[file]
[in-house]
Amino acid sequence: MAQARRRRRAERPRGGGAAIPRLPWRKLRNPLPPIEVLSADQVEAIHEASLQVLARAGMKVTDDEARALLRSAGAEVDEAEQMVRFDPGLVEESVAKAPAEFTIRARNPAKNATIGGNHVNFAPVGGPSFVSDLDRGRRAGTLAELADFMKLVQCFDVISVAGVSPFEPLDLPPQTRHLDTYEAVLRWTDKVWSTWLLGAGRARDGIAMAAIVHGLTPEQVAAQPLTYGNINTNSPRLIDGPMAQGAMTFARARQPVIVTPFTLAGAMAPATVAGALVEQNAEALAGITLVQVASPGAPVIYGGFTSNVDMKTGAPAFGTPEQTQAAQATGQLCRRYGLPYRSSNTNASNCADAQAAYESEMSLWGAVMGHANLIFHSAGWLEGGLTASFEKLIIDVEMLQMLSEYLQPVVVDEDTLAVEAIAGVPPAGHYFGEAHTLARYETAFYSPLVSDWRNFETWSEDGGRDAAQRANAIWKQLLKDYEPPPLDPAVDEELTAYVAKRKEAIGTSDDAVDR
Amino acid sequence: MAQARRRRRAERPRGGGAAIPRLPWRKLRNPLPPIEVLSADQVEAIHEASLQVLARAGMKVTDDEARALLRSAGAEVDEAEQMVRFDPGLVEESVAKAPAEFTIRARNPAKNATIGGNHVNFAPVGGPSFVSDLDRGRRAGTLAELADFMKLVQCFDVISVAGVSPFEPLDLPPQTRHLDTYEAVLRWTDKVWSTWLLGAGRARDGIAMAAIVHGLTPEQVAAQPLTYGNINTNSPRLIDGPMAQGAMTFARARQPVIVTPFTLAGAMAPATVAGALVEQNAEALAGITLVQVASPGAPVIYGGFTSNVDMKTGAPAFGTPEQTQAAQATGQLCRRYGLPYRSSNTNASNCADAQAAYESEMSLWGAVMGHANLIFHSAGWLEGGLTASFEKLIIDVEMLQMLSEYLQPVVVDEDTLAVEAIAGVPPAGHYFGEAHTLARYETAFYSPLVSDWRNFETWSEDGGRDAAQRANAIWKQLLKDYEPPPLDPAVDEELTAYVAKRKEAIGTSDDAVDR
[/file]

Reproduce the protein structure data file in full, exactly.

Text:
[in-house]
Amino acid sequence: MAQARRRRRAERPRGGGAAIPRLPWRKLRNPLPPIEVLSADQVEAIHEASLQVLARAGMKVTDDEARALLRSAGAEVDEAEQMVRFDPGLVEESVAKAPAEFTIRARNPAKNATIGGNHVNFAPVGGPSFVSDLDRGRRAGTLAELADFMKLVQCFDVISVAGVSPFEPLDLPPQTRHLDTYEAVLRWTDKVWSTWLLGAGRARDGIAMAAIVHGLTPEQVAAQPLTYGNINTNSPRLIDGPMAQGAMTFARARQPVIVTPFTLAGAMAPATVAGALVEQNAEALAGITLVQVASPGAPVIYGGFTSNVDMKTGAPAFGTPEQTQAAQATGQLCRRYGLPYRSSNTNASNCADAQAAYESEMSLWGAVMGHANLIFHSAGWLEGGLTASFEKLIIDVEMLQMLSEYLQPVVVDEDTLAVEAIAGVPPAGHYFGEAHTLARYETAFYSPLVSDWRNFETWSEDGGRDAAQRANAIWKQLLKDYEPPPLDPAVDEELTAYVAKRKEAIGTSDDAVDR
Amino acid sequence: MAQARRRRRAERPRGGGAAIPRLPWRKLRNPLPPIEVLSADQVEAIHEASLQVLARAGMKVTDDEARALLRSAGAEVDEAEQMVRFDPGLVEESVAKAPAEFTIRARNPAKNATIGGNHVNFAPVGGPSFVSDLDRGRRAGTLAELADFMKLVQCFDVISVAGVSPFEPLDLPPQTRHLDTYEAVLRWTDKVWSTWLLGAGRARDGIAMAAIVHGLTPEQVAAQPLTYGNINTNSPRLIDGPMAQGAMTFARARQPVIVTPFTLAGAMAPATVAGALVEQNAEALAGITLVQVASPGAPVIYGGFTSNVDMKTGAPAFGTPEQTQAAQATGQLCRRYGLPYRSSNTNASNCADAQAAYESEMSLWGAVMGHANLIFHSAGWLEGGLTASFEKLIIDVEMLQMLSEYLQPVVVDEDTLAVEAIAGVPPAGHYFGEAHTLARYETAFYSPLVSDWRNFETWSEDGGRDAAQRANAIWKQLLKDYEPPPLDPAVDEELTAYVAKRKEAIGTSDDAVDR